20). .3 Examples 575 The pot core data of Appendix D lists the 2213 pot core with for Evaluation of Eq. since the ratio of their rms currents is equal to the turns ratio. (15.22). and one turn of AWG #9 is not a practical solution! We can also expect significant proximity losses.21): The secondary turns are found by evaluation of Eq.16) shows that for this core. It is desired that the transformer have a 5:1 turns ratio. (15. (15. using the geometrical data for the 2213 pot core: This flux density is considerably less than the saturation flux density of approximately 0. The primary turns are determined by evaluation of Eq. The fraction of the window area allocated to windings 1 and 2 are determined using Eq. interleaved foil windings might be used. via Eq. and hence In practice.24): The wire gauge is selected using the wire table of Appendix D. Alternatively. AWG #16 has area and is suitable for the primary winding. the window area is divided equally between the primary and secondary windings. and significant leakage inductance. 15.35 Tesla. we might select and This would lead to a slightly higher and slightly higher loss. (15. (15. We can now evaluate the primary and secondary wire areas. (15. AWG #9 is suitable for the secondary winding.23): For this example. In practice. when In any event. Litz wire or several parallel strands of smaller wire could be employed. The peak ac flux density is found by evaluation of Eq. 2213 is the smallest standard pot core size having ~ The increased value of should lead to lower total power loss. with area These are very large conductors.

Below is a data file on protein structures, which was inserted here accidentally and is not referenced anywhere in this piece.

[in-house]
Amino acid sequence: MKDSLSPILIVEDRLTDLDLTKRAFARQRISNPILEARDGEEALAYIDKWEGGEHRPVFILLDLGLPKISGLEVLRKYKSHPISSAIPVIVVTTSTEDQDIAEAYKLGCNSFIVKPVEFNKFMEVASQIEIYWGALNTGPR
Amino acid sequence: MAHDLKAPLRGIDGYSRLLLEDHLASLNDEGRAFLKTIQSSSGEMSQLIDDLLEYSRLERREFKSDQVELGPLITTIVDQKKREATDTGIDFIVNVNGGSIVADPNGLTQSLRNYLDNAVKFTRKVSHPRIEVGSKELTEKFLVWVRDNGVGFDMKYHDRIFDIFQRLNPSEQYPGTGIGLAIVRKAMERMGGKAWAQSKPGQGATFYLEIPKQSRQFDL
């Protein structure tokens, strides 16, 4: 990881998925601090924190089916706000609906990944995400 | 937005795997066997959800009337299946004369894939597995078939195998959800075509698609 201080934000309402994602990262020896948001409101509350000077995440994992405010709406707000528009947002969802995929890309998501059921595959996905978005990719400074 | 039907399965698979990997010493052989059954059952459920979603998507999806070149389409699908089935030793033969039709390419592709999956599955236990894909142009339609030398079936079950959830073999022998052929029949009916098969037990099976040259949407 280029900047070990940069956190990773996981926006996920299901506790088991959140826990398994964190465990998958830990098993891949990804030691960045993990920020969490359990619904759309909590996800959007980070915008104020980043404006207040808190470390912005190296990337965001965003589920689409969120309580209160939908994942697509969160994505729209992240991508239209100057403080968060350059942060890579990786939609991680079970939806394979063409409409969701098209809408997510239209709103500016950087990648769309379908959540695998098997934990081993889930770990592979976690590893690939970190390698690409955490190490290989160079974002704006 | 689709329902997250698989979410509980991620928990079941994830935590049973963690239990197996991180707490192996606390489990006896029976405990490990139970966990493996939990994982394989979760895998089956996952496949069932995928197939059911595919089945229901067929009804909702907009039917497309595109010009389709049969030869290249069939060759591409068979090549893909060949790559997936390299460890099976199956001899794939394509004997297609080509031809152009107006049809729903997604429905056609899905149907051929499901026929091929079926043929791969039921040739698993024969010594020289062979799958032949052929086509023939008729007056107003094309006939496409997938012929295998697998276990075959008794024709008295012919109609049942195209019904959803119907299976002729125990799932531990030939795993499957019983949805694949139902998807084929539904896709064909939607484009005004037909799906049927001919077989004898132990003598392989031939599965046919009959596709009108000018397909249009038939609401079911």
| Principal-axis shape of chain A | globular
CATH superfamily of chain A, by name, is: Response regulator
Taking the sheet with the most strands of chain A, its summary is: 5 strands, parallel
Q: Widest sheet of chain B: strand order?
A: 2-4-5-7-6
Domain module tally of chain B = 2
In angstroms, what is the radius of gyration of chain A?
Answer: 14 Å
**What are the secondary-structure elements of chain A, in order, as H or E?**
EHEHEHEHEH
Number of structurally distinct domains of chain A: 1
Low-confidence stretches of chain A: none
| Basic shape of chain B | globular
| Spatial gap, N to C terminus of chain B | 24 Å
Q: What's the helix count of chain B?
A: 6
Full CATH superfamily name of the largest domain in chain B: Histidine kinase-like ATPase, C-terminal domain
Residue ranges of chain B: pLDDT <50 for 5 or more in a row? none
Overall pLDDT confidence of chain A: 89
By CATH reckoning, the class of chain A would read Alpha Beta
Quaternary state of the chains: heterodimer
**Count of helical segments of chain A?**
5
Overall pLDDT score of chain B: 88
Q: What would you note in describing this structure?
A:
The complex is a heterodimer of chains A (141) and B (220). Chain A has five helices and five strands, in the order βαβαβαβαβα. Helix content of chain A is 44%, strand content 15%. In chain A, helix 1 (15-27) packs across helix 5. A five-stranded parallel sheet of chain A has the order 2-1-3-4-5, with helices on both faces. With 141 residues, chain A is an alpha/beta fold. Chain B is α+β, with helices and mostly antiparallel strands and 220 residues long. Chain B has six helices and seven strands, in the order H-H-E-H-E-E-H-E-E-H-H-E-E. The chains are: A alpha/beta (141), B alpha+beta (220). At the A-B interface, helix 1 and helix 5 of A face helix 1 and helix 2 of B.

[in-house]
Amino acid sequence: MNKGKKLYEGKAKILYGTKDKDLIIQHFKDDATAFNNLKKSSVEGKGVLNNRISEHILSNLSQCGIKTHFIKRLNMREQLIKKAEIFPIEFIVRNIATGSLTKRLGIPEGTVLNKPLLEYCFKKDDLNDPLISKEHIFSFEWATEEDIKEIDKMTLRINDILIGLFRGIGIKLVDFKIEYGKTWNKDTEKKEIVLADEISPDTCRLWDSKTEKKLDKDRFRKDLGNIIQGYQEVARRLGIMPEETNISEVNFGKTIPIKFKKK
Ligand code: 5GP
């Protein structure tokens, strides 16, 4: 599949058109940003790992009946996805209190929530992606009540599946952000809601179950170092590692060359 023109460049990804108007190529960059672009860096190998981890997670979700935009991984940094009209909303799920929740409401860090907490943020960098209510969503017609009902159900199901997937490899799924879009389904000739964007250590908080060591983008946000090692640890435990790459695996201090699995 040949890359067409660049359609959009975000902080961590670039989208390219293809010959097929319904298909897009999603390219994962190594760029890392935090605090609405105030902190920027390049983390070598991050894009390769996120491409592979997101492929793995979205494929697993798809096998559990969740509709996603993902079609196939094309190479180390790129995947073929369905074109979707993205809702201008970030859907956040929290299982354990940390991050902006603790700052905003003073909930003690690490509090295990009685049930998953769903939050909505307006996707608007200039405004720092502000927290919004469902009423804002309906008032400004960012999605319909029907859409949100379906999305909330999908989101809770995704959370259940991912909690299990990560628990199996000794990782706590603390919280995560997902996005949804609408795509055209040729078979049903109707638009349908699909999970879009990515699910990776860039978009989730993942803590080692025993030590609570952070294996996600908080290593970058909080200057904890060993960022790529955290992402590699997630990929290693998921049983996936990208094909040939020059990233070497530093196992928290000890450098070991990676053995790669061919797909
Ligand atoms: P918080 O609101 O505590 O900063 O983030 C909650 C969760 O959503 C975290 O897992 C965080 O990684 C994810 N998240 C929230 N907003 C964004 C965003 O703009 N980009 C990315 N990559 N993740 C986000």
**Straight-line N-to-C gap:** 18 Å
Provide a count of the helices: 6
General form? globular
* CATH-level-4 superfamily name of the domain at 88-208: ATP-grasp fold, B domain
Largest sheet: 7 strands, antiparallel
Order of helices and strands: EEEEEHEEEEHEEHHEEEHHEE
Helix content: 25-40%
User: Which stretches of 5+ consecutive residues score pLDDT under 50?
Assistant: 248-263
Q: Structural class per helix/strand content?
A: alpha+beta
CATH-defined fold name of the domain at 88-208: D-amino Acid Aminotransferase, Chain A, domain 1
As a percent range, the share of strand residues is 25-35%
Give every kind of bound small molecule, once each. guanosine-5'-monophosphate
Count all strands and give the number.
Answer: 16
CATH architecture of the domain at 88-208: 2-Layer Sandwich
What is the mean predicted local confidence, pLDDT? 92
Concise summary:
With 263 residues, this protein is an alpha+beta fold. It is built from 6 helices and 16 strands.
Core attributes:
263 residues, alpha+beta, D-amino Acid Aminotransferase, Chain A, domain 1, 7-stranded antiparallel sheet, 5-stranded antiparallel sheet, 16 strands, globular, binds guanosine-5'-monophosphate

Greater power losses can be allowed in larger cores. As the switching frequency is increased. corresponding to D = 0.3. so the effective transformer frequency is 75 kHz. For switching frequencies greater than 250 kHz. The same core material. Upon accounting for losses . In practice. 15.9. with maximum loads as shown. Use of a different core material may allow higher or lower switching frequencies. for this converter example using P material with W. This converter has a 5 V and a 15 V output. used in a different application with different speci- fications. Waveforms are illustrated in Fig. The minimum transformer size for this example is apparently obtained at 250 kHz. several matters complicate the dependence of transformer size on switching fre- quency. may lead to a different optimal frequency. for various switching frequencies over the range 25 kHz to 1 MHz. The transformer is to be optimized at the full-load operating point shown.7 ignores the winding geometry and copper losses due to winding eddy currents. More detailed design optimizations can be performed using computer optimization programs [5. 15. the transformer waveforms have fundamental frequency equal to one-half of the switching frequency. Maintaining W then requires that be reduced. This occurs because of the decreased applied volt-seconds Over this range. Peak flux densities in Tesla are also plotted. the core loss coefficient increases. to determine how transformer size varies with switching frequency. 6]. the optimal is essentially independent of switching fre- quency. For switching frequencies below 250 kHz. examples have been reported in the lit- erature [1–4] in which ferrite transformer size is minimized at frequencies ranging from several hundred kilohertz to several megahertz. Figure 15.2 Example 2: Multiple-Output Full-Bridge Buck Converter As a second example.576 Transformer Design It is a worthwhile exercise to repeat the above design at several different switching frequencies. the variations shown occur owing to quantization of core sizes. Nonetheless.8. 15. The converter switching frequency is In the full- bridge configuration.7 illustrates the transformer pot core size. increasing frequency causes greatly increased core loss.75. let us consider the design of transformer for the multiple-output full-bridge buck converter of Fig. increasing the frequency causes the core size to decrease. Figure 15. and hence the core size is increased.